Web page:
Global Economics

Rough Road for Hybrids in China


Toyota and Honda are selling eco-friendly cars in mainland China and GM is close behind. But high prices and murky policy have crimped sales

China, so notorious for its toxic air that athletes competing in this summer's Olympics are desperate to spend as little time in Beijing as possible (BusinessWeek.com, 2/12/08), should be a promising market for eco-friendly hybrids. Auto sales grew 22%, to 8.8 million last year, and will probably top 10 million in 2008. Meanwhile, oil imports have soared and air pollution increasingly clogs the skies of China's cities. But high sticker prices for hybrids and unclear policies from Beijing have deterred many buyers, and companies that have tried to sell green cars so far have met with disappointing results.

Still, companies are hardly giving up. The latest is General Motors (GM). On Jan. 22, the American giant known for its gas-guzzling heavy metal announced it will produce a hybrid later this year in China. GM will launch the Buick LaCrosse Eco-Hybrid, an upper- to mid-end sedan with a 2.4-liter engine. (The exact date and price have not been announced.) Toyota Motor (TM) started selling its Prius in China in 2005 and now assembles the world's most popular hybrid in the northeastern city of Changchun. Honda Motor (HMC) started importing its Civic hybrid from Japan last year.

GM isn't a global leader in hybrids, and while Toyota's Prius gets more than 50 miles per gallon, the LaCrosse will get only 34 mpg. That's just a five-mile-per-gallon improvement over the nonhybrid model. GM nonetheless contends the launch of its first China hybrid shows that it is being a good corporate citizen. The company, which commands 9.5% of the Chinese auto market, has "a responsibility to contribute to sustainable development of our society by promoting long-term energy security," said Kevin Wale, president and managing director of the GM China Group in an e-mail answer to BusinessWeek.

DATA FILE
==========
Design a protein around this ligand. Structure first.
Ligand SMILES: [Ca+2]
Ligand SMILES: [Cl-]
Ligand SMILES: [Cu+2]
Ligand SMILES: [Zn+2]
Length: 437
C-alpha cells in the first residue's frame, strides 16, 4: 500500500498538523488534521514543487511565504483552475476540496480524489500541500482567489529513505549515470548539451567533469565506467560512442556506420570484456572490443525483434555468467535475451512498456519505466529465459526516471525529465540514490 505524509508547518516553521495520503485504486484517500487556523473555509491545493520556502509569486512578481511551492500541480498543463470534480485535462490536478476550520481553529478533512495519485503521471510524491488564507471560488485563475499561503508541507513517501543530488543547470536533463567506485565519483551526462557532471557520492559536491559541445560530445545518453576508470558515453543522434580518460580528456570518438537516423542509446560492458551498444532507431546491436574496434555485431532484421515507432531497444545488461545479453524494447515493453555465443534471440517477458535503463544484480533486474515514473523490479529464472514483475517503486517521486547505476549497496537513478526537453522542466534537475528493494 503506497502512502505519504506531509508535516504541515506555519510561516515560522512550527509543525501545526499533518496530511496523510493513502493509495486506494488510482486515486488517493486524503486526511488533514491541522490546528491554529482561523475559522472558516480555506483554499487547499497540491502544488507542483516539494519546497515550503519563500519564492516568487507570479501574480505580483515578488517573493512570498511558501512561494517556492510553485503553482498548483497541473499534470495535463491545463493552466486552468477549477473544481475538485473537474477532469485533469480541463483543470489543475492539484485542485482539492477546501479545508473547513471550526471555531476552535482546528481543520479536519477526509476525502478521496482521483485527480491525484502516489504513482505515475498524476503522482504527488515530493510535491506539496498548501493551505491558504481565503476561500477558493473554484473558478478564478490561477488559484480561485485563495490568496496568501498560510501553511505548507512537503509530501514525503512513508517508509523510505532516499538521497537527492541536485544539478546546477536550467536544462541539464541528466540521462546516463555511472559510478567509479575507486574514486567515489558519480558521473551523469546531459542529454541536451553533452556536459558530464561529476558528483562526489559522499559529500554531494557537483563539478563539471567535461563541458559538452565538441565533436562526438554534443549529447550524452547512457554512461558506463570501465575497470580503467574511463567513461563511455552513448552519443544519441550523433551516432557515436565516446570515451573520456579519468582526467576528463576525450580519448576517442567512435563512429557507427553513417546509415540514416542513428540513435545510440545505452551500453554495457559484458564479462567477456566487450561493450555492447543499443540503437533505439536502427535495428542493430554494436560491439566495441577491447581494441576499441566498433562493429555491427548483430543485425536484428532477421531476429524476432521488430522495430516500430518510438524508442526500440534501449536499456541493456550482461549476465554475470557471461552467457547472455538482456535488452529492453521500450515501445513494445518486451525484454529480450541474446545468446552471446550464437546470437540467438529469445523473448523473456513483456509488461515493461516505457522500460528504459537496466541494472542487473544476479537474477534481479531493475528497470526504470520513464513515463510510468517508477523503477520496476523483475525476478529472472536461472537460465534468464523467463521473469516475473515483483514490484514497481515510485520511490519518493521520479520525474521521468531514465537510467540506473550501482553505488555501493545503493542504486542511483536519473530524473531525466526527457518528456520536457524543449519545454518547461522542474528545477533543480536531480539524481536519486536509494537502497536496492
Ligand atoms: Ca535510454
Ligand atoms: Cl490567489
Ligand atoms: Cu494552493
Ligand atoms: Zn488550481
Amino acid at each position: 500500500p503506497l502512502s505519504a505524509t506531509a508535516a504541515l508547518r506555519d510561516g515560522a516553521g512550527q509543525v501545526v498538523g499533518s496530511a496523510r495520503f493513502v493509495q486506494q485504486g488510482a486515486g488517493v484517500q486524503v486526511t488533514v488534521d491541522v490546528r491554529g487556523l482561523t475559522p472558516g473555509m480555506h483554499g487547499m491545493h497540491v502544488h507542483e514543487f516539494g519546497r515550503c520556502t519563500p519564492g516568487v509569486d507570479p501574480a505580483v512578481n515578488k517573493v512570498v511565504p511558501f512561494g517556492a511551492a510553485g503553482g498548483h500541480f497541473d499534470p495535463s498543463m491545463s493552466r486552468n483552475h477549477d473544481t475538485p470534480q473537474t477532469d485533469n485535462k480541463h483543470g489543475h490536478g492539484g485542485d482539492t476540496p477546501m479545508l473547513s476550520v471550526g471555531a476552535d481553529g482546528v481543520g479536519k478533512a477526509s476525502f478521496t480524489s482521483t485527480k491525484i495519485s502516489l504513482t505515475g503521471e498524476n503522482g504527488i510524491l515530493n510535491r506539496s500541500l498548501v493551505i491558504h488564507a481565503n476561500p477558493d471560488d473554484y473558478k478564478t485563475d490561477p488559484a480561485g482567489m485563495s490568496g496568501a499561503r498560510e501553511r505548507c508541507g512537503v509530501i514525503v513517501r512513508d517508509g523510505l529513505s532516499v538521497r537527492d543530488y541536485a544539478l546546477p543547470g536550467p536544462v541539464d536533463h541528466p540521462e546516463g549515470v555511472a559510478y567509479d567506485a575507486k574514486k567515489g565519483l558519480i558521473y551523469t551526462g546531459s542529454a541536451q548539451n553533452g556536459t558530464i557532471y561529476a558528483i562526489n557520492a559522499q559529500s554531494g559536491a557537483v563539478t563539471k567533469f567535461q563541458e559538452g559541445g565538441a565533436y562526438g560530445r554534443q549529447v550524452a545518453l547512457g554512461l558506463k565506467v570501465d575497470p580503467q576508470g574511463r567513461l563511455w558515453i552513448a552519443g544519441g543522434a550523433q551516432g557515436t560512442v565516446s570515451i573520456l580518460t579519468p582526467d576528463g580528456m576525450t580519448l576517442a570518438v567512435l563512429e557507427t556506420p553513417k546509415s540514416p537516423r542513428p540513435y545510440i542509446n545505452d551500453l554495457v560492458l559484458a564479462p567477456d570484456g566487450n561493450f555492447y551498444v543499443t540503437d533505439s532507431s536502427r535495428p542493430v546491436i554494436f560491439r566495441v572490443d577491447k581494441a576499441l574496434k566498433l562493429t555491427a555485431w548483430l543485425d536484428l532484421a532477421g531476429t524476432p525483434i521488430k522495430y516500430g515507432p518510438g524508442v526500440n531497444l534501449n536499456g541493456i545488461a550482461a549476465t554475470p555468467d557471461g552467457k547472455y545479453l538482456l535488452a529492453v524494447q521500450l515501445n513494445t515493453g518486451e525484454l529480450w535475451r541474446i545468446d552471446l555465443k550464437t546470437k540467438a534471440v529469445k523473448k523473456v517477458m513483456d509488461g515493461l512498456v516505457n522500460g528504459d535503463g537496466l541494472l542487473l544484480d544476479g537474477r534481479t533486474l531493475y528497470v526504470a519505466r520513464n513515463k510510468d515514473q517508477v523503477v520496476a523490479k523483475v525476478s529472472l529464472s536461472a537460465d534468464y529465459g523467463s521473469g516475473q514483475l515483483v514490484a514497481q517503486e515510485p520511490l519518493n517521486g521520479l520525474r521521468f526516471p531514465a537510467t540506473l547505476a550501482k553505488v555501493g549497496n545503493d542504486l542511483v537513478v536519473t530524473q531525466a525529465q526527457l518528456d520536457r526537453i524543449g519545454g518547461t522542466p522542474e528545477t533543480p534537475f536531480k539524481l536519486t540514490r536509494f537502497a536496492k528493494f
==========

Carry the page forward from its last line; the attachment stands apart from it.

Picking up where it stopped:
Domestic Attempts

Locals are dipping into the market. Shenzhen-based BYD Auto plans to start selling this summer a plug-in hybrid (BusinessWeek.com, 1/10/08). Last October, Zhejiang-based Geely announced that it will develop five hybrid car models over the coming five years.

Chery, China's most successful domestic brand, took its first step (BusinessWeek.com, 1/4/08) last November when it produced 10 1.3-liter compact hybrid sedans to serve as taxis in its hometown of Wuhu, in the central province of Anhui. Chery is producing 50 more for use during the Beijing Olympics this August and plans a nationwide launch by yearend. "This is aimed at grabbing opportunity in China," says Jin Yibo, a deputy general manager at Chery. "We can achieve energy conservation and environmental protection goals through hybrid cars."

The local player with the most advanced hybrid strategy is proceeding cautiously. Chongqing-based Changan Automobile Group, which to date has focused mainly on producing buses and commercial vehicles, last December started producing China's first mass-produced hybrid, the Joice HEV, a 1.5-liter four-door hatchback. While Changan has signed a strategic cooperation agreement with Shanghai Jiao Tong University to develop auto technology, so far it is not devoting a lot of resources to its hybrid strategy. Changan had revenue of $8.1 billion in 2007 but over the next four years plans to invest just $40 million in hybrid research and development.

High Tariffs on Parts

One likely reason: China's consumers have not yet shown much interest in hybrids. Because of high tariffs on imported parts, the Prius in China costs some $15,000 more than the Japanese and U.S. versions. And even with a 9% hike in gasoline pump prices on the mainland last November, China's consumers still pay 18% less for gas than consumers in the U.S.

So for now, hybrid sales remain lackluster. In the more than two years since it launched the Prius in China, Toyota has managed to sell only 2,500 cars. The company had set a sales target of 3,000 for 2007 alone but fell far short. "It's very difficult because of the high price and the import duty," said Toyota Executive Vice-President Takeshi Uchiyamada during the Tokyo Auto Show late last fall. According to Uchiyamada, China's government needs to grant preferential policies to the industry. "There is a big potential in China," he said. "Chinese people will have a strong interest in hybrid vehicles, and not too far into the future."

With Ian Rowley in Tokyo

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